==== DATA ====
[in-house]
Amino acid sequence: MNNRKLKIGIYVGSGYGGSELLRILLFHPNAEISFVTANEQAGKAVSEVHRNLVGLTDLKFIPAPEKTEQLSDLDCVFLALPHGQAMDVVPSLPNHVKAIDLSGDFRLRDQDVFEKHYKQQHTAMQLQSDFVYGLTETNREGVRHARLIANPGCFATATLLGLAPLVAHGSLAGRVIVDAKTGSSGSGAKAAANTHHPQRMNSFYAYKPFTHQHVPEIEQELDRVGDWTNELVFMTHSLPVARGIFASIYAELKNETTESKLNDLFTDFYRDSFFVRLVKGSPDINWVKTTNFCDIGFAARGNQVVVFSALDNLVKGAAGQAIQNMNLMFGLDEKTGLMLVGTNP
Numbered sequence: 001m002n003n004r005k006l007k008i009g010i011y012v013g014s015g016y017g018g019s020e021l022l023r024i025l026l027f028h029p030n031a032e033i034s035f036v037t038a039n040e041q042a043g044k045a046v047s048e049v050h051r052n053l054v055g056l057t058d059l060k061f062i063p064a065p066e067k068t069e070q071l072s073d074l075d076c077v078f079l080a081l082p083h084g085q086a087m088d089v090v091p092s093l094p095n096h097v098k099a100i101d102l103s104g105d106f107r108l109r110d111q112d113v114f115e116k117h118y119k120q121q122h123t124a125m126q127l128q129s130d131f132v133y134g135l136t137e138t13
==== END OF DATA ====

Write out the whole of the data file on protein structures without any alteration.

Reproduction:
[in-house]
Amino acid sequence: MNNRKLKIGIYVGSGYGGSELLRILLFHPNAEISFVTANEQAGKAVSEVHRNLVGLTDLKFIPAPEKTEQLSDLDCVFLALPHGQAMDVVPSLPNHVKAIDLSGDFRLRDQDVFEKHYKQQHTAMQLQSDFVYGLTETNREGVRHARLIANPGCFATATLLGLAPLVAHGSLAGRVIVDAKTGSSGSGAKAAANTHHPQRMNSFYAYKPFTHQHVPEIEQELDRVGDWTNELVFMTHSLPVARGIFASIYAELKNETTESKLNDLFTDFYRDSFFVRLVKGSPDINWVKTTNFCDIGFAARGNQVVVFSALDNLVKGAAGQAIQNMNLMFGLDEKTGLMLVGTNP
Numbered sequence: 001m002n003n004r005k006l007k008i009g010i011y012v013g014s015g016y017g018g019s020e021l022l023r024i025l026l027f028h029p030n031a032e033i034s035f036v037t038a039n040e041q042a043g044k045a046v047s048e049v050h051r052n053l054v055g056l057t058d059l060k061f062i063p064a065p066e067k068t069e070q071l072s073d074l075d076c077v078f079l080a081l082p083h084g085q086a087m088d089v090v091p092s093l094p095n096h097v098k099a100i101d102l103s104g105d106f107r108l109r110d111q112d113v114f115e116k117h118y119k120q121q122h123t124a125m126q127l128q129s130d131f132v133y134g135l136t137e138t13